Karl Marx observou que o estado era apenas o balcão de negócios da burguesia e, nesse ponto, o petismo é a expressão máxima do marxismo: seus 12 anos de domínio da política nacional são caracterizados pelo relacionamento próximo com a política corporativa “burguesa”. O que, apesar das percepções generalizadas e da polarização cultural durante as eleições, não é uma ruptura; como afirmava Raymundo Faoro, no Brasil sempre vigorou um “capitalismo politicamente orientado”, direcionado e redirecionado de acordo com os desejos e as percepções do “estamento burocrático” que controla o estado.

Há um sentido, porém, em que o PT permanece distintamente leninista: sua cúpula ainda se julga uma vanguarda revolucionária e mistura o sucesso de seu partido com o sucesso nacional. Ainda existe um campo de força militante que defende o partido de críticas externas: as únicas críticas válidas ao PT são as feitas pela própria militância. Para a ideologia fundante do PT, como a de todos os partidos leninistas, estipula que se o PT vai bem, o país vai bem, e a revolução está em curso. Talvez seja verdade. Afinal, entre o capitalismo burocrático brasileiro e o centralismo burocrático soviético não há um abismo tão enorme.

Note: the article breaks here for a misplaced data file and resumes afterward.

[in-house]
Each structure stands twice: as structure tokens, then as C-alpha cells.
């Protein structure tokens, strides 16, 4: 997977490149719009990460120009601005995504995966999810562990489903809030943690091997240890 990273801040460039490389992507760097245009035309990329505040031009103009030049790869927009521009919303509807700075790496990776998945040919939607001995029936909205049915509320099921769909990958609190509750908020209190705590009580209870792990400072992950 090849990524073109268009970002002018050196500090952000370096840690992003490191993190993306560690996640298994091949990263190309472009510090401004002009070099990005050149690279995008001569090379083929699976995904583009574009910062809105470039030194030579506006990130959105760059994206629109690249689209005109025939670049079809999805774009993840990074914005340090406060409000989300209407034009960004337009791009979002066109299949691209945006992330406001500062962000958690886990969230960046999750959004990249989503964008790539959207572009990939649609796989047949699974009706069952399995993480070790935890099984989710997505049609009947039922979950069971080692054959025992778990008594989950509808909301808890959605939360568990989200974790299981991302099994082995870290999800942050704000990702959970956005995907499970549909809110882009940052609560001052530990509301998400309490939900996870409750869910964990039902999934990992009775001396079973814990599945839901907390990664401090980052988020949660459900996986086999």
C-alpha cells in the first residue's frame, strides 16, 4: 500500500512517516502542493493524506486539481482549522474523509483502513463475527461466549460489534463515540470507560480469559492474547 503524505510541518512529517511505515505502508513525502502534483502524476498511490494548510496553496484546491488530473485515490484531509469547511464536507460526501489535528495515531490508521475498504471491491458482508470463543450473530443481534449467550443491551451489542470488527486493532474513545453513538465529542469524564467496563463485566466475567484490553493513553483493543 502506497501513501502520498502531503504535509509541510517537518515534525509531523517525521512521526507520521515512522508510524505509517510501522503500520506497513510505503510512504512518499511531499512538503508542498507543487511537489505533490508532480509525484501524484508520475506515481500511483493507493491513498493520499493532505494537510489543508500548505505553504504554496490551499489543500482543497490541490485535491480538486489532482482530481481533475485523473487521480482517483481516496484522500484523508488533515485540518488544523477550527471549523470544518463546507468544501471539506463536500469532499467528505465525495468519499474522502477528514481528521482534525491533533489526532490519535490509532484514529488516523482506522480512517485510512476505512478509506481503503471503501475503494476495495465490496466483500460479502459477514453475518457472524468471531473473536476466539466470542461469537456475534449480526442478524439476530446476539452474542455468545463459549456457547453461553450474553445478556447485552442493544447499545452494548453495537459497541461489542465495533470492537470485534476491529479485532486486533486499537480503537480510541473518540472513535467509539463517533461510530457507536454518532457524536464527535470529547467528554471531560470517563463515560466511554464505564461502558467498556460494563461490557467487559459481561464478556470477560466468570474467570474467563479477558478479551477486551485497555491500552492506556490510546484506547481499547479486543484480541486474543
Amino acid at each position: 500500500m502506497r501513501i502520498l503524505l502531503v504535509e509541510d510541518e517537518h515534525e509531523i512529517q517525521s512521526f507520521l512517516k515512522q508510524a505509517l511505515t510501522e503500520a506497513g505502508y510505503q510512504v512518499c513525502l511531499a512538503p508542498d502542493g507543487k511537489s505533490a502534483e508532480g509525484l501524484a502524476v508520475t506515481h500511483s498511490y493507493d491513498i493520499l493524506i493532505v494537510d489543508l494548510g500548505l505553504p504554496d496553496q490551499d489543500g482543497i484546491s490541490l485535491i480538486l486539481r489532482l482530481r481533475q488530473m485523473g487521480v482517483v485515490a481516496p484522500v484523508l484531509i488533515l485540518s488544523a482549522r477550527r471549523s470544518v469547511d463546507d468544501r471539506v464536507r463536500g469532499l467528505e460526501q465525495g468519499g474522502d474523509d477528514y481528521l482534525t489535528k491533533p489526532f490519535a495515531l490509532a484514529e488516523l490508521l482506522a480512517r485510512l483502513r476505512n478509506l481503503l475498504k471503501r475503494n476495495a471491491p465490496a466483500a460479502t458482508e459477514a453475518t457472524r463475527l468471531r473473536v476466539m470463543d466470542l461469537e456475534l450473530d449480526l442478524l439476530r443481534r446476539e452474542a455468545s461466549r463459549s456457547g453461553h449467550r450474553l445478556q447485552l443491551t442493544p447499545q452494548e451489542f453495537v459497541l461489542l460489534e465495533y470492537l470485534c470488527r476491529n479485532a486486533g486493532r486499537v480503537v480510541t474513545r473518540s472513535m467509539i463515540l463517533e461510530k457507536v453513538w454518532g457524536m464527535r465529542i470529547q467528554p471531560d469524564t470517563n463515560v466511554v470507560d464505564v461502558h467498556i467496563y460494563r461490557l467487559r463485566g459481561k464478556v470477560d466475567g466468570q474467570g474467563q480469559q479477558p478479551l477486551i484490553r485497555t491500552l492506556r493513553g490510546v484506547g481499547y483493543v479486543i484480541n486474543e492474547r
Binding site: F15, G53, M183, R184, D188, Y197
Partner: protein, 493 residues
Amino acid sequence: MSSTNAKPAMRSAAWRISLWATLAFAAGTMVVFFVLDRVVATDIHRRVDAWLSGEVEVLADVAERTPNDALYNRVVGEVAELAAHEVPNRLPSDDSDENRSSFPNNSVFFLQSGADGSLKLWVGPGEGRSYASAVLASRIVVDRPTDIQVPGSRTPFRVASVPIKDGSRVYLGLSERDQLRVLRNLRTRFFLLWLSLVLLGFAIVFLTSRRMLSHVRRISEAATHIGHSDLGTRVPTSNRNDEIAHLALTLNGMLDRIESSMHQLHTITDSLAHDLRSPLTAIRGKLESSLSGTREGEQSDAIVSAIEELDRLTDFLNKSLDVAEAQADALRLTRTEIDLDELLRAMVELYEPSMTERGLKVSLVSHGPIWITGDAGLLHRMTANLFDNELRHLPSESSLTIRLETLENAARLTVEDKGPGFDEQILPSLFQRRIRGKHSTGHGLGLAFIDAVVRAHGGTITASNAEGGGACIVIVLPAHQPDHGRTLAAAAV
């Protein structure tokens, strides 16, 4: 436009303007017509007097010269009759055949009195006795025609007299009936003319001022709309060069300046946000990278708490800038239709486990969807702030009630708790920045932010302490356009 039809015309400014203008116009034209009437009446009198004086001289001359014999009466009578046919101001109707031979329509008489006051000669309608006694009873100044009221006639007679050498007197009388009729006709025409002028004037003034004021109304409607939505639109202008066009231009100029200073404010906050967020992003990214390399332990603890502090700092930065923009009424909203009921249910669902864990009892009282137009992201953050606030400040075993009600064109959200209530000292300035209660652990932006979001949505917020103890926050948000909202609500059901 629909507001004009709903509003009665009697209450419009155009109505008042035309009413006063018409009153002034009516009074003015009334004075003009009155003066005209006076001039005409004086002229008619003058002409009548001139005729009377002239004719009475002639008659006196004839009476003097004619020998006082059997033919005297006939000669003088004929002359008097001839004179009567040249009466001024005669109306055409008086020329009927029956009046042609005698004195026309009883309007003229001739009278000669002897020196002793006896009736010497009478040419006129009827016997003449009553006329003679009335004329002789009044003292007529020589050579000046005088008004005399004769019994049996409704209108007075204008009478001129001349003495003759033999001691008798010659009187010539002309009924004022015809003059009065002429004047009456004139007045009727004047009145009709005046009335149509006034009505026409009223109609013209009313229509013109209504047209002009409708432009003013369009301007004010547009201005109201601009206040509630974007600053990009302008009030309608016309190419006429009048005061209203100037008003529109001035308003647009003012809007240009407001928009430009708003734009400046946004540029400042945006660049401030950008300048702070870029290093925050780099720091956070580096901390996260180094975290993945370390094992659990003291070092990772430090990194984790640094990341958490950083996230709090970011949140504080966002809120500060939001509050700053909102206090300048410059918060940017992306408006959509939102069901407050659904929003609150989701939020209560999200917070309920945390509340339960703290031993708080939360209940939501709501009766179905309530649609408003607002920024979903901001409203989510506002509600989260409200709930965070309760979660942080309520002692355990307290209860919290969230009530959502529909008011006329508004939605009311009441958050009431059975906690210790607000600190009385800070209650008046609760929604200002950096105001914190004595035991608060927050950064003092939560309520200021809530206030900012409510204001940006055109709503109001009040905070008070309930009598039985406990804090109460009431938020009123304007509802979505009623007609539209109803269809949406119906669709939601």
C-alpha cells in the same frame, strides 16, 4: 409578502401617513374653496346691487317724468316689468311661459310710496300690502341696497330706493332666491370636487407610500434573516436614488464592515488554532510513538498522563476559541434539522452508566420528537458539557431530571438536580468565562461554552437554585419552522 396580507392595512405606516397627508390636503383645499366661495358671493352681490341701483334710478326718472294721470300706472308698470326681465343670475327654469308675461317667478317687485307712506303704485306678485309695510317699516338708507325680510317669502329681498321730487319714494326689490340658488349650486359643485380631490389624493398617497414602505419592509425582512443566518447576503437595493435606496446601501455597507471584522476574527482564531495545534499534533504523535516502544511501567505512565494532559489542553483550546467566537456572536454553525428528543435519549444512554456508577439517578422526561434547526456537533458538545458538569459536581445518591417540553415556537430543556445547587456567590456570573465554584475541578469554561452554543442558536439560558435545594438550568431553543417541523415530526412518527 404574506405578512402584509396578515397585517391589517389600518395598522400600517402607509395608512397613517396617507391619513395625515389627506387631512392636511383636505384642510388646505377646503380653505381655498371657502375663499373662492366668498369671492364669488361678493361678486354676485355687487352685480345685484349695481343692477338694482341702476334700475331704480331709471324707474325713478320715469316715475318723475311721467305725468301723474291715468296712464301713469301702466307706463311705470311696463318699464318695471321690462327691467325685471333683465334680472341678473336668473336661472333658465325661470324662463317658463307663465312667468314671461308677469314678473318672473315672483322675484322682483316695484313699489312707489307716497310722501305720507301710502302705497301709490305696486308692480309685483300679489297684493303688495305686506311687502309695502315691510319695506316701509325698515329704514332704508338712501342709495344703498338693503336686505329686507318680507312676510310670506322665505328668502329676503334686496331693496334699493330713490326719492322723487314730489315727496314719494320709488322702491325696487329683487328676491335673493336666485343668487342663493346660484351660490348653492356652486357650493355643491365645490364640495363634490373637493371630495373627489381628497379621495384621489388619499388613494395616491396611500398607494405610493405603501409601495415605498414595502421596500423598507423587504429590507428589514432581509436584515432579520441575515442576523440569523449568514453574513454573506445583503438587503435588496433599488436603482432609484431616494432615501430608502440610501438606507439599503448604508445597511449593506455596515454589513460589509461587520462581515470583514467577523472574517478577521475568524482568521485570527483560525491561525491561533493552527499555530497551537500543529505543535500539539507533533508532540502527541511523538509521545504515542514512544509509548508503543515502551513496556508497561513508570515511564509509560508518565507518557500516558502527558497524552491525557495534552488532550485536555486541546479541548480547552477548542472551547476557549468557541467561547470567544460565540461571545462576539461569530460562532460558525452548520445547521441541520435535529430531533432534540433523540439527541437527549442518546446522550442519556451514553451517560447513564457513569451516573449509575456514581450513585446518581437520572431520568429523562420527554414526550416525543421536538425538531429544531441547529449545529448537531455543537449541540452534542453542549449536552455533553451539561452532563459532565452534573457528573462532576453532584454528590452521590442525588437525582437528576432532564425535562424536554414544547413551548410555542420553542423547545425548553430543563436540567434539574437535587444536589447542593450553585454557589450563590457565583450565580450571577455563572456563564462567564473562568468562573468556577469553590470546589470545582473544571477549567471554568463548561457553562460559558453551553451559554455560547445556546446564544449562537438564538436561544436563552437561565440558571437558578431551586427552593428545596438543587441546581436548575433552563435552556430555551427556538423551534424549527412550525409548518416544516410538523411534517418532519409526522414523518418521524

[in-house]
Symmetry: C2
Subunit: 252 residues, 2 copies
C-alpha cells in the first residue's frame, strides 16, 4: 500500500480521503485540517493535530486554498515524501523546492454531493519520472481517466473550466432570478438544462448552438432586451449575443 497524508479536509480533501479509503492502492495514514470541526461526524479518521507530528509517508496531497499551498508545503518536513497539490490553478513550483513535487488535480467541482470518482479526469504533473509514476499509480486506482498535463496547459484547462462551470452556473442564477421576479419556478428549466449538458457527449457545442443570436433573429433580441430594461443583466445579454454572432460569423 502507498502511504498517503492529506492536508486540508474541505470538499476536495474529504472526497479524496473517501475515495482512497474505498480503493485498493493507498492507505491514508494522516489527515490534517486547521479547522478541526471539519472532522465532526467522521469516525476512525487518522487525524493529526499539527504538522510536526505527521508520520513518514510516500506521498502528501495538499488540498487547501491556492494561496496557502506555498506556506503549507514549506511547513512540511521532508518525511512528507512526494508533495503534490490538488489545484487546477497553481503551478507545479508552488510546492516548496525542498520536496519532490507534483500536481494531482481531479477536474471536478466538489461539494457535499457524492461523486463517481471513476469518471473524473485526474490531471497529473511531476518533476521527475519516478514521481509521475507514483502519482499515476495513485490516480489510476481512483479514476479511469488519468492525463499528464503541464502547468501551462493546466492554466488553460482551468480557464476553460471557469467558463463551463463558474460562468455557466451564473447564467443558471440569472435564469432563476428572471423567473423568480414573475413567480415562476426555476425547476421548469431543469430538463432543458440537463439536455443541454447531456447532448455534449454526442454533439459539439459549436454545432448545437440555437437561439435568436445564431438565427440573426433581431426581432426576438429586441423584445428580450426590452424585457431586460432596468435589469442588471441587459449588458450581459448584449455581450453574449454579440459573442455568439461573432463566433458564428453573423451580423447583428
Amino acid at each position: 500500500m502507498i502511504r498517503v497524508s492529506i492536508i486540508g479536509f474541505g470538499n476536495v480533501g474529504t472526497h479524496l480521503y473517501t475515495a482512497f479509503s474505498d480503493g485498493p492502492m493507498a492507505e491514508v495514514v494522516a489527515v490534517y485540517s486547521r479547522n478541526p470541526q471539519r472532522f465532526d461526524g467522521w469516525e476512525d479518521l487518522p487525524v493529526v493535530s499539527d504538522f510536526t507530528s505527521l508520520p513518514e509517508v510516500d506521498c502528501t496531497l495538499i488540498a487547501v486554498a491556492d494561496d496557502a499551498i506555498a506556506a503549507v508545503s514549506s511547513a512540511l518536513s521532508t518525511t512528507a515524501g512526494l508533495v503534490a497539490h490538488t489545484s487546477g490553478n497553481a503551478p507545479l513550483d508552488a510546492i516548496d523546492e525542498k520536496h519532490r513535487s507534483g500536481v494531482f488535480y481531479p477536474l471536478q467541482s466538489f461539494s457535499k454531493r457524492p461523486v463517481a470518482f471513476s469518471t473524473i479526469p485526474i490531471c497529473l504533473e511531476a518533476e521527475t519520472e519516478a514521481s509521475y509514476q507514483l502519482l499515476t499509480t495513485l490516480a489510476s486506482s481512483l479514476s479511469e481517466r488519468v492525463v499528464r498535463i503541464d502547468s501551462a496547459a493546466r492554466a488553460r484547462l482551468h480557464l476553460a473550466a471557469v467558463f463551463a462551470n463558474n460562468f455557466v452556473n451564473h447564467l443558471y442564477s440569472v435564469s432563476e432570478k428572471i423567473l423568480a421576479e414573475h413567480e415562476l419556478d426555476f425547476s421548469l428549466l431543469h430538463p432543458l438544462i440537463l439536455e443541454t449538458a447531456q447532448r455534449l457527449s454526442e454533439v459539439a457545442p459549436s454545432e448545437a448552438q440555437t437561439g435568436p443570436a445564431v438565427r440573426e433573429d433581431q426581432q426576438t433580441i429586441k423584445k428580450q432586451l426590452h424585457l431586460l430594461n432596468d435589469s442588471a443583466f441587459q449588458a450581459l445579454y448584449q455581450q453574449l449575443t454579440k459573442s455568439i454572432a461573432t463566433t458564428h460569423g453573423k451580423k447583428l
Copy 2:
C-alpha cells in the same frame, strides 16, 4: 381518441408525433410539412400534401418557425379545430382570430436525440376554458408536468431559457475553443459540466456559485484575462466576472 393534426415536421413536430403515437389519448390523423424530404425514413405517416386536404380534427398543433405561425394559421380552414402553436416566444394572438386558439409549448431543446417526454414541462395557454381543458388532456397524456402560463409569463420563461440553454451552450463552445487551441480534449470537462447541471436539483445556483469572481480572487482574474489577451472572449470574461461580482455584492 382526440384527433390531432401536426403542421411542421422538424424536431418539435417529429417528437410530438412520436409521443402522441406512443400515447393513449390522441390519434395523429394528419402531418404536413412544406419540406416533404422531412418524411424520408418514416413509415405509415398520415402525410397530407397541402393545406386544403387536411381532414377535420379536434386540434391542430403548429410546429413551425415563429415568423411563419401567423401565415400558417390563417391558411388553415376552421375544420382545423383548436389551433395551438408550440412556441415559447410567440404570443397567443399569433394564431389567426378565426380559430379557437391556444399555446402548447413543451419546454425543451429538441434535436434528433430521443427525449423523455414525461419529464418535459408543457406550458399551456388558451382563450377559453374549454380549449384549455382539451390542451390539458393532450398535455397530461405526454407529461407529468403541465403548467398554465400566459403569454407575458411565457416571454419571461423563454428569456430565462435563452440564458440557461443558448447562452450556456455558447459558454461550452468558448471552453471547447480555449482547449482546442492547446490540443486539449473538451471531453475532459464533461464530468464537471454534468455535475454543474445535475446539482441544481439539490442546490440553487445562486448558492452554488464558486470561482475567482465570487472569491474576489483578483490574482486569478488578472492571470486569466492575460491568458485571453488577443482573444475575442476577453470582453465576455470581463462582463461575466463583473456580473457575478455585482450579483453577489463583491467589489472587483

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Director’s Report: November 2014

We are nearing the end of the year and November was another fantastic month for the Center for a Stateless Society. We were honored to be able to publish a Portuguese translation of Kevin Carson’s The Iron Fist Behind the Invisible Hand and included a brand new introduction, by Carson, just for our Portuguese speaking readers….

Continue reading at Center for a Stateless Society …

Cory Massimino on Politics For People Who Hate Politics

C4SS Fellow Cory Massimino participates in Lucy Steigerwald’s show Politics For People Who Hate Politics. C4SS Fellow Ryan Calhoun, also, gets an honorable mention.

A libertarian podcast where ranting is optional, and smashing the state is mandatory.

Our enthusiastic, liberty-loving panel discussed President Obama’s immigration order and the dangers of executive power — even when it’s doing something we like. We then had a long talk about the idea of rape culture — going off of Cory Massimino’s new, controversial piece that cites it as an example of spontaneous order. There were a few tangents about popes, and what the state really consists of, and whether yelling at Meter Maids is good for liberty. We concluded with Jeff Tucker’s harsh words about fancy wine.

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State Justice Failed Michael Brown. People’s Justice is Just Getting Started.

More than three months after Darren Wilson executed Michael Brown in broad daylight in Ferguson, Missouri, the grand jury’s decision is in. No state prosecution, no justice from the state’s court system, for his crime. Wilson will never be tried, let alone convicted. But in the real justice system, this is not the end for Wilson — it’s only the beginning.